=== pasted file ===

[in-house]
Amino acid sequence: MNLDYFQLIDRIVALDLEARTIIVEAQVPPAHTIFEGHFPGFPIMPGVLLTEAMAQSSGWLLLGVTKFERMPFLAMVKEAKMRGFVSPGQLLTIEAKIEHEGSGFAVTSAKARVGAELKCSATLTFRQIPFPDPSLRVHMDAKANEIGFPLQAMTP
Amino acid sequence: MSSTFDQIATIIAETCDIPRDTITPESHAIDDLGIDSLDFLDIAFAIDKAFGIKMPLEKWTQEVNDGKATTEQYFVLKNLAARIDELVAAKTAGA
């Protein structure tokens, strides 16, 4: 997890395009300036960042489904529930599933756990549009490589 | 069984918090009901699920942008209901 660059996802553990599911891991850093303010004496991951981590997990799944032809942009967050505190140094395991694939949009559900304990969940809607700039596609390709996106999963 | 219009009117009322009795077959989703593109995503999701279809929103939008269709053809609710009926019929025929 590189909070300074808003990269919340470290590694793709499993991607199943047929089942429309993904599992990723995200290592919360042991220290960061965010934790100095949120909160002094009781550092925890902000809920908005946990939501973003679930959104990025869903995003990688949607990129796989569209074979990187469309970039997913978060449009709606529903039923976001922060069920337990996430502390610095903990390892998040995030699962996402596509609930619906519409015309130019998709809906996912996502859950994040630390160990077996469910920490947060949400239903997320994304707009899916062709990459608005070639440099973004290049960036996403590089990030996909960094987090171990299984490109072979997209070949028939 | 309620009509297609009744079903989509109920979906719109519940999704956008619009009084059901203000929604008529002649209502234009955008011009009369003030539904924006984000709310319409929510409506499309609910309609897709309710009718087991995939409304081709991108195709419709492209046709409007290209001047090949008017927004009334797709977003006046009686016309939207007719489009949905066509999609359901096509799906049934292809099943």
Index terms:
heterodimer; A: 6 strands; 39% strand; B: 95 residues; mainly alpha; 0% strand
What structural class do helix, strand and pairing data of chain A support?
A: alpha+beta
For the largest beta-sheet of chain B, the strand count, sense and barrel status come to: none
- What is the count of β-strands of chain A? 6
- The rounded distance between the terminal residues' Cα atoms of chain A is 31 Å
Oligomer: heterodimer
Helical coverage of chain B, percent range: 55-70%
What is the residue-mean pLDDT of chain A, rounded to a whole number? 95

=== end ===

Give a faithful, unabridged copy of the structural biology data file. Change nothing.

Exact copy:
[in-house]
Amino acid sequence: MNLDYFQLIDRIVALDLEARTIIVEAQVPPAHTIFEGHFPGFPIMPGVLLTEAMAQSSGWLLLGVTKFERMPFLAMVKEAKMRGFVSPGQLLTIEAKIEHEGSGFAVTSAKARVGAELKCSATLTFRQIPFPDPSLRVHMDAKANEIGFPLQAMTP
Amino acid sequence: MSSTFDQIATIIAETCDIPRDTITPESHAIDDLGIDSLDFLDIAFAIDKAFGIKMPLEKWTQEVNDGKATTEQYFVLKNLAARIDELVAAKTAGA
């Protein structure tokens, strides 16, 4: 997890395009300036960042489904529930599933756990549009490589 | 069984918090009901699920942008209901 660059996802553990599911891991850093303010004496991951981590997990799944032809942009967050505190140094395991694939949009559900304990969940809607700039596609390709996106999963 | 219009009117009322009795077959989703593109995503999701279809929103939008269709053809609710009926019929025929 590189909070300074808003990269919340470290590694793709499993991607199943047929089942429309993904599992990723995200290592919360042991220290960061965010934790100095949120909160002094009781550092925890902000809920908005946990939501973003679930959104990025869903995003990688949607990129796989569209074979990187469309970039997913978060449009709606529903039923976001922060069920337990996430502390610095903990390892998040995030699962996402596509609930619906519409015309130019998709809906996912996502859950994040630390160990077996469910920490947060949400239903997320994304707009899916062709990459608005070639440099973004290049960036996403590089990030996909960094987090171990299984490109072979997209070949028939 | 309620009509297609009744079903989509109920979906719109519940999704956008619009009084059901203000929604008529002649209502234009955008011009009369003030539904924006984000709310319409929510409506499309609910309609897709309710009718087991995939409304081709991108195709419709492209046709409007290209001047090949008017927004009334797709977003006046009686016309939207007719489009949905066509999609359901096509799906049934292809099943």
Index terms:
heterodimer; A: 6 strands; 39% strand; B: 95 residues; mainly alpha; 0% strand
What structural class do helix, strand and pairing data of chain A support?
A: alpha+beta
For the largest beta-sheet of chain B, the strand count, sense and barrel status come to: none
- What is the count of β-strands of chain A? 6
- The rounded distance between the terminal residues' Cα atoms of chain A is 31 Å
Oligomer: heterodimer
Helical coverage of chain B, percent range: 55-70%
What is the residue-mean pLDDT of chain A, rounded to a whole number? 95